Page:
Greene & Greene Virtual Archives
P. L. Auten House
Pasadena, California, 1903
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P. L. Auten House
Pasadena, California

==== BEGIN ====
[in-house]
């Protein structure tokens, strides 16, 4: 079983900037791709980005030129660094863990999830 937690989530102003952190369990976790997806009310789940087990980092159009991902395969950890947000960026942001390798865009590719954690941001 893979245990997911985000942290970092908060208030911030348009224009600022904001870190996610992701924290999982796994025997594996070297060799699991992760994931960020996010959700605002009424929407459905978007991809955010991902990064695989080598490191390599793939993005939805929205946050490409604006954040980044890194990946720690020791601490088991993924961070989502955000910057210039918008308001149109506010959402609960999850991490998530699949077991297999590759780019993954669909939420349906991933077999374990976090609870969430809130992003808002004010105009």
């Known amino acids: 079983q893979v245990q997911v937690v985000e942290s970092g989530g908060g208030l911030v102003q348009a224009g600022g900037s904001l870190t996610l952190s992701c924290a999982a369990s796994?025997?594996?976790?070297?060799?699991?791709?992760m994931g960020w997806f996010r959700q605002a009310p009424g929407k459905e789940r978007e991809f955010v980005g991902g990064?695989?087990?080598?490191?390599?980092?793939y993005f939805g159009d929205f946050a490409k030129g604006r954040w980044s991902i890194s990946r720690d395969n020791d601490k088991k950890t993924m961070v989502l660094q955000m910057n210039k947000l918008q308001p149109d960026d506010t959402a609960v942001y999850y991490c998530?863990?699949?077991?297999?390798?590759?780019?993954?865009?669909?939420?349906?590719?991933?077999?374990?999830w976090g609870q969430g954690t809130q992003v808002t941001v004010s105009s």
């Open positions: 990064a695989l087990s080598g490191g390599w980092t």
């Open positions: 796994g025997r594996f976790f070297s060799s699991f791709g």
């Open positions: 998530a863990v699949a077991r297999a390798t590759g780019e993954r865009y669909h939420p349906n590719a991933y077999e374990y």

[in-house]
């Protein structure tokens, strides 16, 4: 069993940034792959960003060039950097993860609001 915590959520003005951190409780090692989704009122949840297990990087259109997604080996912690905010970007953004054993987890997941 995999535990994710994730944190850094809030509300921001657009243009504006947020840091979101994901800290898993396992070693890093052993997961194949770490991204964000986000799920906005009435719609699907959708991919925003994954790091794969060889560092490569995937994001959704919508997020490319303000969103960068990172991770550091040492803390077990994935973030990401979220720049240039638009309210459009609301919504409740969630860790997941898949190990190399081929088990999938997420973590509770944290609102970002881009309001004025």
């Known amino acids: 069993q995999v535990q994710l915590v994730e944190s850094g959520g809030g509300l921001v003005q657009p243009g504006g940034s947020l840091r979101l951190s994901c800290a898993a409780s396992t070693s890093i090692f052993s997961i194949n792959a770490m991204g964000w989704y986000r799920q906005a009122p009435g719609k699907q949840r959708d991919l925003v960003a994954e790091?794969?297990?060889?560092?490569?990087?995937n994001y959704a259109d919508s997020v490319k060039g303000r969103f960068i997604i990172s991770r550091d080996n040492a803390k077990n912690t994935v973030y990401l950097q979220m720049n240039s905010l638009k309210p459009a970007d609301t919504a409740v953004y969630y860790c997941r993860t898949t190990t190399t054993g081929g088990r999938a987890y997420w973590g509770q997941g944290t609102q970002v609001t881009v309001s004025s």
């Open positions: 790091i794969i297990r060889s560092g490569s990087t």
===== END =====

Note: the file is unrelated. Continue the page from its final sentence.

Located in the rapidly developing eastern section of Pasadena, the Philip L. Auten house of 1903, was a straightforward two-and-a half story, fifteen-room design with a traditional hall plan. The broad front porch supported by battered dressed stone piers and surmounted by a second story deck, created an inviting space for outdoor living with spectacular mountain views. The porch extended around the south side of the house, where a vine-covered trellis linked the house to the landscape. Large plate glass windows flanked by narrow casements for ventilation, allowed light into the interior. The shingled exterior, with its relatively deep overhanging eaves, exposed rafters and purlins, touches of half-timbering, and relatively steep gable roofs with peaked dormers, mixes English Arts and Crafts motifs with hints of Eastern Shingle Style in a developing California Craftsman aesthetic. Interior board and batten paneling gave the formal interior plan an informal rustic quality. A few months after commissioning the house, Auten, a Midwestern lumberman, ordered plans for a two story stable, designed to accommodate four horses and four wagons with a four-room coachman's apartment above. Both house and stable have been demolished.